The fast growth has turned this other Cancun into a traffic-clogged city of about 750,000 -- big enough, some say, to serve as cover for the drug syndicates that operate elsewhere in Mexico."This is the moment. Cancun has grown a lot and now looks like a good cave, a good hiding place, for these activities," said Father Rafael Ruiz, a parish priest in a graffiti-spattered part of what he calls the "Mexican Cancun."Around town, mystery cloaks the case of the slain general. Tello's body, along with those of army Lt. Getulio Cesar Roman Zuñiga and Juan Ramirez Sanchez, who was the mayor's nephew, were found in a pickup next to the road to colonial Merida, which sits across the Yucatan peninsula about 175 miles from Cancun.
They were seized apparently in downtown Cancun hours after Mayor Sanchez introduced Tello to other municipal staffers as his new security advisor, with the task of creating a separate elite police squad.Former top infantry commander of the Mexican army, Tello had completed a command tour in the western state of Michoacan as part of Calderon's military-led offensive against drug traffickers. He had arrived in Cancun in late January.Sanchez had asked Tello, known as a well-trained and tough commander, to organize a SWAT-type team of 100 former soldiers that would answer only to the mayor; essentially a parallel force above the reach of then-Police Chief Velasco.The mayor said he wanted a new force that would remain "outside the contamination" of the 2,000-officer police department."We don't want to put all our eggs in the same basket," he said in an interview.Sanchez said he did not suspect Velasco of wrongdoing, but believed that there were dirty cops on the force, despite months of culling.A popular businessman who ran as candidate of a leftist coalition, Sanchez has cultivated the image of a reformer in less than a year in office. He announced a "zero tolerance" policy on corruption and has fired 150 suspect cops. In December, Sanchez said, the federal government named Cancun's force the third-most trustworthy in the country.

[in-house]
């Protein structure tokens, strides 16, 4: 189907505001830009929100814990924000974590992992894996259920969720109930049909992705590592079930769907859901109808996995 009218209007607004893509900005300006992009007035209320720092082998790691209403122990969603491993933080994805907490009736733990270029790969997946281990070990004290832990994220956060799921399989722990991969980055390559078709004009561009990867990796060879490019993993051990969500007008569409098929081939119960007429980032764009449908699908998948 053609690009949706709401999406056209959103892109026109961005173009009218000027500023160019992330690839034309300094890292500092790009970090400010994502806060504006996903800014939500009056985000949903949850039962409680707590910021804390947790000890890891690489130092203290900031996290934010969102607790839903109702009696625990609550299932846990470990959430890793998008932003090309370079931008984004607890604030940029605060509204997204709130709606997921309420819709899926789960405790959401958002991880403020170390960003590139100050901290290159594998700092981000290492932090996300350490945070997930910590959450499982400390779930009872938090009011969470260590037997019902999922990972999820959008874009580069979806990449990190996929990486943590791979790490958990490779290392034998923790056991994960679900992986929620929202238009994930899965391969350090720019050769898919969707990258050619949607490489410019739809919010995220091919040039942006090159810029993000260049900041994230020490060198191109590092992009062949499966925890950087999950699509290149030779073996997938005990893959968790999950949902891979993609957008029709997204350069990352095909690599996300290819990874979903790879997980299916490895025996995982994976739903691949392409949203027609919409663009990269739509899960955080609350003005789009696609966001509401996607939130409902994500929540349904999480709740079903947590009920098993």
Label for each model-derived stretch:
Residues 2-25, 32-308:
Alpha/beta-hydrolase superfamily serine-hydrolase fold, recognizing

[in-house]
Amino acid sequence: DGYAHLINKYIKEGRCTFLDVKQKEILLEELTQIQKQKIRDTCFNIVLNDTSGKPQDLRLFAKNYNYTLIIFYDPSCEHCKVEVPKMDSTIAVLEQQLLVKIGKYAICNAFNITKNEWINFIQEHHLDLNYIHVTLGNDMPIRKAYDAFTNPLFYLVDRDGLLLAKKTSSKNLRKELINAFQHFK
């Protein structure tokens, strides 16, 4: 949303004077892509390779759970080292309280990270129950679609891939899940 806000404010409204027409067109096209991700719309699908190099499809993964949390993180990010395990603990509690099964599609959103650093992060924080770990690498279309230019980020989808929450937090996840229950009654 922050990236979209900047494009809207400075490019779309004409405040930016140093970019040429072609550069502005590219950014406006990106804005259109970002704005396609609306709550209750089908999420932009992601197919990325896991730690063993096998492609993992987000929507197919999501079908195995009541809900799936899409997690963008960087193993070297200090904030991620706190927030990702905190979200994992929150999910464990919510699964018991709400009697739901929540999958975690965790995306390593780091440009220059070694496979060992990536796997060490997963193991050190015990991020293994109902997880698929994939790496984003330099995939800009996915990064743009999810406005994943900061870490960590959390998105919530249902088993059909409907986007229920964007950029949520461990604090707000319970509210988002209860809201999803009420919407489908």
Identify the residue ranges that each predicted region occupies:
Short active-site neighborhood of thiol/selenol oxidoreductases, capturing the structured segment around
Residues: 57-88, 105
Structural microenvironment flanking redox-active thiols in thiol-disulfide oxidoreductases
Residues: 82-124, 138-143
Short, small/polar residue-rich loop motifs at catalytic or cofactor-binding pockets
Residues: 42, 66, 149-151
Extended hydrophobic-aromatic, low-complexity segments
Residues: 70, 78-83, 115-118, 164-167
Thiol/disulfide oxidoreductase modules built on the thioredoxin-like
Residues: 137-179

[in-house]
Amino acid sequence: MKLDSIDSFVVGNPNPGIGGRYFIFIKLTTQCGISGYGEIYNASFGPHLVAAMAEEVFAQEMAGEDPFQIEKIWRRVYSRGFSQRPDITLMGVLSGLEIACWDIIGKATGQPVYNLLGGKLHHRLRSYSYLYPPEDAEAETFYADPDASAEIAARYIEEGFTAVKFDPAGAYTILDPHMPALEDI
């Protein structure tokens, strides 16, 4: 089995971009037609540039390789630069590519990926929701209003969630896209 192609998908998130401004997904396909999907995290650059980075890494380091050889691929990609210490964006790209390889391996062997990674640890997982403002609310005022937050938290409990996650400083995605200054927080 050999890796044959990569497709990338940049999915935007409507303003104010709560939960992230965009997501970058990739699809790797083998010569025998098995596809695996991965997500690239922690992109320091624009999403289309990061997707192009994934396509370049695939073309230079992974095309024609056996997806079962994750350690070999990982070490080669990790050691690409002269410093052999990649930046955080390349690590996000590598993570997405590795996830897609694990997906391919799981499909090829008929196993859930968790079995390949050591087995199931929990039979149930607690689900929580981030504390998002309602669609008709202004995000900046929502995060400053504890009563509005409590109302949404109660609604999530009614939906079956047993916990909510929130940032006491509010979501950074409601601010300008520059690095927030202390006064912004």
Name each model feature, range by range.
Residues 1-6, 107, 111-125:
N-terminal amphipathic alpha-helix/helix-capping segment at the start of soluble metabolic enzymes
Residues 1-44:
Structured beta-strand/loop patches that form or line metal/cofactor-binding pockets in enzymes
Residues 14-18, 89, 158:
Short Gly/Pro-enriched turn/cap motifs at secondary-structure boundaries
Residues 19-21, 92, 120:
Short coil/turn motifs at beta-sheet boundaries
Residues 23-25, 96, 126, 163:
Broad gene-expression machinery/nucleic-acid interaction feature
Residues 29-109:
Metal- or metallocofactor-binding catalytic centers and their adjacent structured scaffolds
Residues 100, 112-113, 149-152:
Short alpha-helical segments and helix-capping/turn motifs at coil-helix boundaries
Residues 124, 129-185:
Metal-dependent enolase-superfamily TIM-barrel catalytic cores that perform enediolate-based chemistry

Monday, 2 March 2009

Richard Buttrose police who raided his Darling Point apartment allegedly found $1.3 million in cash and 7.7kg of cocaine.

Richard Buttrose after being arrested twice in two days, the nephew of media personality Ita Buttrose was behind bars as his wife Pollyanna, gave birth to their second child, a sister for two-year-old son William.Described by friends as a revhead with a need for speed, the aspiring TV producer and race-car driver was refused bail after police who raided his Darling Point apartment allegedly found $1.3 million in cash and 7.7kg of cocaine.Mark O'Connor, who drove with Buttrose and Simon Hogg in a Lotus Exige at Bathurst in the 12-hour enduro race, was stunned by news of his co-driver's arrest."Like everyone else I have been quite shocked," O'Connor said yesterday.Commentator Lachlan Mansell said the 36-year-old Buttrose had been living his racing dream, finishing 31st of the 47-strong field.